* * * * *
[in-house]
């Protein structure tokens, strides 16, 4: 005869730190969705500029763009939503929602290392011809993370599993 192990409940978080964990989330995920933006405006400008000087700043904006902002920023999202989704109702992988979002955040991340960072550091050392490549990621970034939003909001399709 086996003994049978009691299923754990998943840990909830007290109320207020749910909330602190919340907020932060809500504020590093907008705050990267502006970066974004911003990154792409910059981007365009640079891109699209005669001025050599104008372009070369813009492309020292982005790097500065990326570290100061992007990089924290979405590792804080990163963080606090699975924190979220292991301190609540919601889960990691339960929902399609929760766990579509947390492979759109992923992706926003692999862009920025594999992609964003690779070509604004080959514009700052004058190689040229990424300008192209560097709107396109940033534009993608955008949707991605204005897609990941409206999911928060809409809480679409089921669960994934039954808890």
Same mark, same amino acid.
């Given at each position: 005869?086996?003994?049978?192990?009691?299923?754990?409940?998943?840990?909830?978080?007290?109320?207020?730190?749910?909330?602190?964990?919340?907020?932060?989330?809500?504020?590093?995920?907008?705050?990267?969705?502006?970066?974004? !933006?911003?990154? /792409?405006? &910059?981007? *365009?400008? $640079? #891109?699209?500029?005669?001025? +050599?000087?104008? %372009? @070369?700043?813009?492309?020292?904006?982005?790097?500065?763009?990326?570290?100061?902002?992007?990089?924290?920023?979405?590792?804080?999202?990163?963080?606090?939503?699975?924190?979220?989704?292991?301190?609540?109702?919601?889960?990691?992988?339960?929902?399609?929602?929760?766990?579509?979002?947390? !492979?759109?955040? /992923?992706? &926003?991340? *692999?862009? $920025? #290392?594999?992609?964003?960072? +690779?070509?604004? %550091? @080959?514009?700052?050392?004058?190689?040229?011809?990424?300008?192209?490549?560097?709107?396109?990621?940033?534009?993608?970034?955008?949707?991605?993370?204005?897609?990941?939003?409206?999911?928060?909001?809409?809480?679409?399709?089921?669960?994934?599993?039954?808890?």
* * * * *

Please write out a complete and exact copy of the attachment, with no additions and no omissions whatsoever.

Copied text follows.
[in-house]
């Protein structure tokens, strides 16, 4: 005869730190969705500029763009939503929602290392011809993370599993 192990409940978080964990989330995920933006405006400008000087700043904006902002920023999202989704109702992988979002955040991340960072550091050392490549990621970034939003909001399709 086996003994049978009691299923754990998943840990909830007290109320207020749910909330602190919340907020932060809500504020590093907008705050990267502006970066974004911003990154792409910059981007365009640079891109699209005669001025050599104008372009070369813009492309020292982005790097500065990326570290100061992007990089924290979405590792804080990163963080606090699975924190979220292991301190609540919601889960990691339960929902399609929760766990579509947390492979759109992923992706926003692999862009920025594999992609964003690779070509604004080959514009700052004058190689040229990424300008192209560097709107396109940033534009993608955008949707991605204005897609990941409206999911928060809409809480679409089921669960994934039954808890």
Same mark, same amino acid.
């Given at each position: 005869?086996?003994?049978?192990?009691?299923?754990?409940?998943?840990?909830?978080?007290?109320?207020?730190?749910?909330?602190?964990?919340?907020?932060?989330?809500?504020?590093?995920?907008?705050?990267?969705?502006?970066?974004? !933006?911003?990154? /792409?405006? &910059?981007? *365009?400008? $640079? #891109?699209?500029?005669?001025? +050599?000087?104008? %372009? @070369?700043?813009?492309?020292?904006?982005?790097?500065?763009?990326?570290?100061?902002?992007?990089?924290?920023?979405?590792?804080?999202?990163?963080?606090?939503?699975?924190?979220?989704?292991?301190?609540?109702?919601?889960?990691?992988?339960?929902?399609?929602?929760?766990?579509?979002?947390? !492979?759109?955040? /992923?992706? &926003?991340? *692999?862009? $920025? #290392?594999?992609?964003?960072? +690779?070509?604004? %550091? @080959?514009?700052?050392?004058?190689?040229?011809?990424?300008?192209?490549?560097?709107?396109?990621?940033?534009?993608?970034?955008?949707?991605?993370?204005?897609?990941?939003?409206?999911?928060?909001?809409?809480?679409?399709?089921?669960?994934?599993?039954?808890?």